Food modelling is a novel culture that was largely non-existent outside of Japan. In Korea and Shanghai, food modelling can be found to some extent, but this is only due to the influence of Japan. The reason why Japanese food models are gaining recognition as works of art by overseas collectors is because of the unparalleled skill of the craftsman in expressing the detail and realism of the food, and at times, the dynamism of capturing a moment of movement in time. In the days before replicas, Japanese people could accept a white, square object as representing tofu, and if they were presented with a red lump, they could understand that it was tuna. But before long, craftsmen took these symbolic representations to another level, endeavouring to make a model that would be so realistic, that at first glance, they would look like real food. This obsession with realism continues today, leading to each food model being handmade with several weeks of work needed to complete a piece.
Accordingly, the price that some of these food replicas command is comparable to more traditional works of art. For example, a single food model that resembles a crab can cost tens of thousands of yen. It's an instance where the craftsmanship of the replica justifies the fake to cost more than the real thing. Japanese food modelling is now considered a cultural symbol, comparable to anime and manga.
The Future of Food Modelling
As we have seen, food replicas are being appreciated not only as promotional tools, but also as souvenirs and works of art. So what will the future of food modelling look like? A start-up business, QRevo, allows customers to select desired foods on their website. The image of the dish is represented as a 3D image, and the technology behind the service can reproduce the fragrance of the food using sound waves. Once the dish is ordered, it is delivered to the customer's home by drone. This system is still in the testing phase and has not yet been launched commercially. However, it is a revolutionary idea to be able to experience foods remotely, both visually and through smell. The core of this system is a 3D image that relies on a food replica.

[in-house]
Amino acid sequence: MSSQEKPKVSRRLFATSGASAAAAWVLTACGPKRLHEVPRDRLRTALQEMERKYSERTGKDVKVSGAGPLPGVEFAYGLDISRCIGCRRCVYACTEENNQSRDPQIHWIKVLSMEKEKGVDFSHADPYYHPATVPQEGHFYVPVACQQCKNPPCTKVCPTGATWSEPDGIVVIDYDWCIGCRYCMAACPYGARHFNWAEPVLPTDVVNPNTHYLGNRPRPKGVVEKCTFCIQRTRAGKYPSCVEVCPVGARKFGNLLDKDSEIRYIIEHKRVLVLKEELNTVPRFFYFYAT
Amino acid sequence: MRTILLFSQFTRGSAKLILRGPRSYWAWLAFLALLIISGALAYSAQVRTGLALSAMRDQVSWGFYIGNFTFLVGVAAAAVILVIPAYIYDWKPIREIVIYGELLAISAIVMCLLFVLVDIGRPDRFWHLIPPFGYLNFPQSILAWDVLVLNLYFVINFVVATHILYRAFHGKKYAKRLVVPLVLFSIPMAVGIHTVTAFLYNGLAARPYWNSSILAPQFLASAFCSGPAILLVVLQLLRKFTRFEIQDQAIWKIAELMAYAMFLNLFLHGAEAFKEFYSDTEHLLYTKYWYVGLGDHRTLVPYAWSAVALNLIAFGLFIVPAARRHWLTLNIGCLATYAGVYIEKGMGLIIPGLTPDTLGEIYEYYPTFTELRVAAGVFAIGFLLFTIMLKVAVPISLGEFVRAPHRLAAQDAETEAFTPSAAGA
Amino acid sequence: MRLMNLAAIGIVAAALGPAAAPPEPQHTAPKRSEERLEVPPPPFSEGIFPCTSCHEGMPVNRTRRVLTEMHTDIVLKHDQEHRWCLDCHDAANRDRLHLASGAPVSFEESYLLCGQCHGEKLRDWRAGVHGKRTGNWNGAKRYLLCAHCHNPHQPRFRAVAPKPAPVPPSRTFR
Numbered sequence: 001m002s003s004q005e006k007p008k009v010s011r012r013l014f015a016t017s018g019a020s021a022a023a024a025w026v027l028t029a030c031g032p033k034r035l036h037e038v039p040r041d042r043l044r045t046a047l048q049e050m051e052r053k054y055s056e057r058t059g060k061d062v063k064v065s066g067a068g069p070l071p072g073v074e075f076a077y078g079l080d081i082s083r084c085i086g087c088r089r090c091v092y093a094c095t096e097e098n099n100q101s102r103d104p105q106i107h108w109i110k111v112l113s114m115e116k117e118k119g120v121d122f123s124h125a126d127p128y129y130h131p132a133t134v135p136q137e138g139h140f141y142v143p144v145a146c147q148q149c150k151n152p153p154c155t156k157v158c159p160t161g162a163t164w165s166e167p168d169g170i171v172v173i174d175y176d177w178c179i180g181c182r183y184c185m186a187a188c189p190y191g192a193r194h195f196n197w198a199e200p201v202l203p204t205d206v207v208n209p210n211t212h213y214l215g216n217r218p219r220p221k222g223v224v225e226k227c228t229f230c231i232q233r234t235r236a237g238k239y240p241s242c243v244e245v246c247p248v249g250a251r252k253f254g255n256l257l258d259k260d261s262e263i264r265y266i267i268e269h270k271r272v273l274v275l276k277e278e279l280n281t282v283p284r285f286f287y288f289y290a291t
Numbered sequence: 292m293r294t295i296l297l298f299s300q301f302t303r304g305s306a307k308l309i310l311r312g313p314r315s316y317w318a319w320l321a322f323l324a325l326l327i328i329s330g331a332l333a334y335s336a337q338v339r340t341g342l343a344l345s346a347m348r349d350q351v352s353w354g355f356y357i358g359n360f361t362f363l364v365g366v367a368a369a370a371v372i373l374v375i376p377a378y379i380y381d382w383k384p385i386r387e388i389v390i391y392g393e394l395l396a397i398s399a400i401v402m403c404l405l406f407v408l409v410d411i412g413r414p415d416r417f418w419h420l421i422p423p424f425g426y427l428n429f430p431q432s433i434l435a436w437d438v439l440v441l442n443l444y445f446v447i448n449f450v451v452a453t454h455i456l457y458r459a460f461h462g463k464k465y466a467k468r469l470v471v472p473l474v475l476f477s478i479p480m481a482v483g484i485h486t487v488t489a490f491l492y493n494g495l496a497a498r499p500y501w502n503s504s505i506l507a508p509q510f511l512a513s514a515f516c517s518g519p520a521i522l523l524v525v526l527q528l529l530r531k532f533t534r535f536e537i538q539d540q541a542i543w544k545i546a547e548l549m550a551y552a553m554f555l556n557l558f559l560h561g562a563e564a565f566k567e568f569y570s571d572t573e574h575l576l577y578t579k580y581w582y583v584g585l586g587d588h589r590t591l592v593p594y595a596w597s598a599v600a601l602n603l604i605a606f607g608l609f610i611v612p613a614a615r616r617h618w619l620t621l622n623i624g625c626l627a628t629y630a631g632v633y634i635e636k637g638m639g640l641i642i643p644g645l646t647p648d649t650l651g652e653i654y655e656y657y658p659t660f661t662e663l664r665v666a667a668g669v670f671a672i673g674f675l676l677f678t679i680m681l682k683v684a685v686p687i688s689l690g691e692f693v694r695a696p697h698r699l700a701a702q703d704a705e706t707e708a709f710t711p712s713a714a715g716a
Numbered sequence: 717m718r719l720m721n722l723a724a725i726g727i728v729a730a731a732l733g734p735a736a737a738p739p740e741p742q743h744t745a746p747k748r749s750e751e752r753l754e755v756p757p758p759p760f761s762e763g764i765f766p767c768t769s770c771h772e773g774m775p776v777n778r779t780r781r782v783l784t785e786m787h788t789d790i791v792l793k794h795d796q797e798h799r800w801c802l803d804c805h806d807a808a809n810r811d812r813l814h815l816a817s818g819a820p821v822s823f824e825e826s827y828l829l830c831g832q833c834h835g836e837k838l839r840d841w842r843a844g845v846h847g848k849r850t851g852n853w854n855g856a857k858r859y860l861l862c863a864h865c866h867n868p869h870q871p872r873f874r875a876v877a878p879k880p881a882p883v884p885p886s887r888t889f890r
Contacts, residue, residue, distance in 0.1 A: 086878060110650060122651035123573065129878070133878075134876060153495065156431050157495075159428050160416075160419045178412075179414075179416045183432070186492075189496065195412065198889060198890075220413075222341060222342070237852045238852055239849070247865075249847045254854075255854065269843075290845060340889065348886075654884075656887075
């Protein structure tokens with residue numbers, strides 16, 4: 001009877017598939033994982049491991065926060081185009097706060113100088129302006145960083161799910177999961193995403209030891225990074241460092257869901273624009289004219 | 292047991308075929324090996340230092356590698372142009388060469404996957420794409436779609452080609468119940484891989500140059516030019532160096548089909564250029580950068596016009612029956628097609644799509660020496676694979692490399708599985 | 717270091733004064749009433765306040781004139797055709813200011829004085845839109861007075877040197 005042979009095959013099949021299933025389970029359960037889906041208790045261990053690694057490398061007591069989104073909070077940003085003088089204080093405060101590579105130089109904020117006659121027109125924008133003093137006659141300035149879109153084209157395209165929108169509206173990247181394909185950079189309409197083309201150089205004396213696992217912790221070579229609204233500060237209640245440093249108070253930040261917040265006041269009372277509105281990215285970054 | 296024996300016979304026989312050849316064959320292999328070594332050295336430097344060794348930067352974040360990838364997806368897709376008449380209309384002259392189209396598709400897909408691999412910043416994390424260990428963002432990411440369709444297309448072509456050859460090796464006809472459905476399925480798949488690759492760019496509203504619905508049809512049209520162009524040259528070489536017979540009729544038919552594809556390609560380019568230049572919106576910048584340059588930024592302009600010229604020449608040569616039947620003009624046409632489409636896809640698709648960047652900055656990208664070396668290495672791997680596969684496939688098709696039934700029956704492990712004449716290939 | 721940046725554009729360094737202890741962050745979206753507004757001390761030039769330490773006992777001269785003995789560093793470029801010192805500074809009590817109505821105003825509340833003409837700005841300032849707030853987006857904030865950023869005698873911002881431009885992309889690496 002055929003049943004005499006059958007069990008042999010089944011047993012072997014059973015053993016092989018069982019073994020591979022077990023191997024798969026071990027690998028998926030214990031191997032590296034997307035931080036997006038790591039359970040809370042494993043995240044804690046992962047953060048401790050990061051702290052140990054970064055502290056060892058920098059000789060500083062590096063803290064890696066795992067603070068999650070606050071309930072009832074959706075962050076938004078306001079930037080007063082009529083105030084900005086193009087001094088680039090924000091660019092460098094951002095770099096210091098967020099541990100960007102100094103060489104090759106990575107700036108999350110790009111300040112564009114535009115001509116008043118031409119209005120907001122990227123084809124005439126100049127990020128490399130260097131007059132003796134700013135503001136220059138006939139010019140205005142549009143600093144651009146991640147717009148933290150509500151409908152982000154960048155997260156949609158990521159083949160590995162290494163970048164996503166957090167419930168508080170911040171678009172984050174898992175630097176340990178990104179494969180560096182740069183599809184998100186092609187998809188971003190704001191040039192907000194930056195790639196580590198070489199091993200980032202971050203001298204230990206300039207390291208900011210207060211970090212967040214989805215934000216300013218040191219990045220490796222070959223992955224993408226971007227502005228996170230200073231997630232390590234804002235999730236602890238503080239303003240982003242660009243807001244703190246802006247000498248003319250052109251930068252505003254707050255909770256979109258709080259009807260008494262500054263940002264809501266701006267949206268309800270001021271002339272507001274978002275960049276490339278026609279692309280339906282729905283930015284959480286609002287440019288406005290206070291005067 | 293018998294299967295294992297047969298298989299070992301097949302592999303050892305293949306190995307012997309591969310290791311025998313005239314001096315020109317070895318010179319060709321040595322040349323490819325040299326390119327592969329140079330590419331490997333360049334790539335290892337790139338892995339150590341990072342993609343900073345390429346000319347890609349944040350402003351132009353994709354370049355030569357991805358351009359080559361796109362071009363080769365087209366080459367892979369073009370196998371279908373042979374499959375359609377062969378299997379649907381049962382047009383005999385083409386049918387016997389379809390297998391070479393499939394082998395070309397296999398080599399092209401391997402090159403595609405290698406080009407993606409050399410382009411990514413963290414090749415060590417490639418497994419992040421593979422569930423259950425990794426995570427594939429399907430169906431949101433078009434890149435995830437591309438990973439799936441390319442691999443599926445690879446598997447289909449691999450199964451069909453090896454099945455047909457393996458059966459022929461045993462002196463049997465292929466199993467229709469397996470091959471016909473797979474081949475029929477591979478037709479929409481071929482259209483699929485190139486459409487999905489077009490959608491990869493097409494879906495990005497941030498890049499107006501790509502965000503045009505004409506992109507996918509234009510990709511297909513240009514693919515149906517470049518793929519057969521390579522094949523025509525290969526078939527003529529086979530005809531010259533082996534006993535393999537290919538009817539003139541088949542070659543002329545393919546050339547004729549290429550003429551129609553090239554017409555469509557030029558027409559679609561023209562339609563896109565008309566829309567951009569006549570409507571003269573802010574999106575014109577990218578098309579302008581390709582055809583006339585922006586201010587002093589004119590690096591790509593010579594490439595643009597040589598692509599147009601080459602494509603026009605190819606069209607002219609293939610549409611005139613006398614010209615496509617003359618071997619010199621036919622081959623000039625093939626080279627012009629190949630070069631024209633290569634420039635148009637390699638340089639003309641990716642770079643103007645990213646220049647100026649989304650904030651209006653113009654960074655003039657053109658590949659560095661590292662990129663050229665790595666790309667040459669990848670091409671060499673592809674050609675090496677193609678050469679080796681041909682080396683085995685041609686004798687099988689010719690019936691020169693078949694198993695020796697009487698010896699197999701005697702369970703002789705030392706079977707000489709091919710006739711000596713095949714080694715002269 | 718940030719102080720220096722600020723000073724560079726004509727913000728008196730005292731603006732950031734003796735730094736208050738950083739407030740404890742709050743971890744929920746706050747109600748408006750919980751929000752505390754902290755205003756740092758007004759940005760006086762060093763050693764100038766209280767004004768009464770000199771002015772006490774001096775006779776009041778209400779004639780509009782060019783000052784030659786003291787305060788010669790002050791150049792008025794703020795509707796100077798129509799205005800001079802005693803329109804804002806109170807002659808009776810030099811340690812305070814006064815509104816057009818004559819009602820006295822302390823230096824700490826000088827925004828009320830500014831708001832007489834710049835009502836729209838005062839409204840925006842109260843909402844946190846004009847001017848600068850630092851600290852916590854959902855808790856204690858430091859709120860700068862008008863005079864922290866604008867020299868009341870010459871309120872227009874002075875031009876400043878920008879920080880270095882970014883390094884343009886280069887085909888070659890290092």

There is also a movement to create "offerings" using food model technology through crowdfunding. Food models do not get damaged, of course, so there is no need to replace the samples frequently. Another example, there is a burgeoning need for artistic works that call for a sense of dynamism and realism that only food modelling can provide. Finally, a few photos that combine everyday life with food replicas went viral recently, namely the work of Iwasaki Corporation, which is a food sample manufacturing company in Japan. The Twitter account of this company posted a photo of a realistic omelet on a keyboard. The photo has attracted many surprised comments such as, "I thought it was real!". In the future, this kind of photo combining the every day and food replicas may become more commonly integrated into works of art.
Food Replicas as a Souvenir
Japanese food modelling culture, with a history of about 100 years, is endearingly familiar and appreciated by all generations of Japanese. In today's age of the Internet, while online purchases have increased, opportunities to enjoy meals in an actual restaurant are still regarded as an important way to connect with friends and family. While food modelling may not be as prevalent as it once was in the dining scene, a second resurgence can be seen amongst art and souvenir collecting enthusiasts. A visitor to Japan will find key chains and erasers in the form of foods, demonstrating the small and cute sensibilities of the Japanese. Although food replicas have still yet to gain traction overseas, like with other popular Japanese culture trends, food modelling is easily exportable and may yet see its day on the international stage.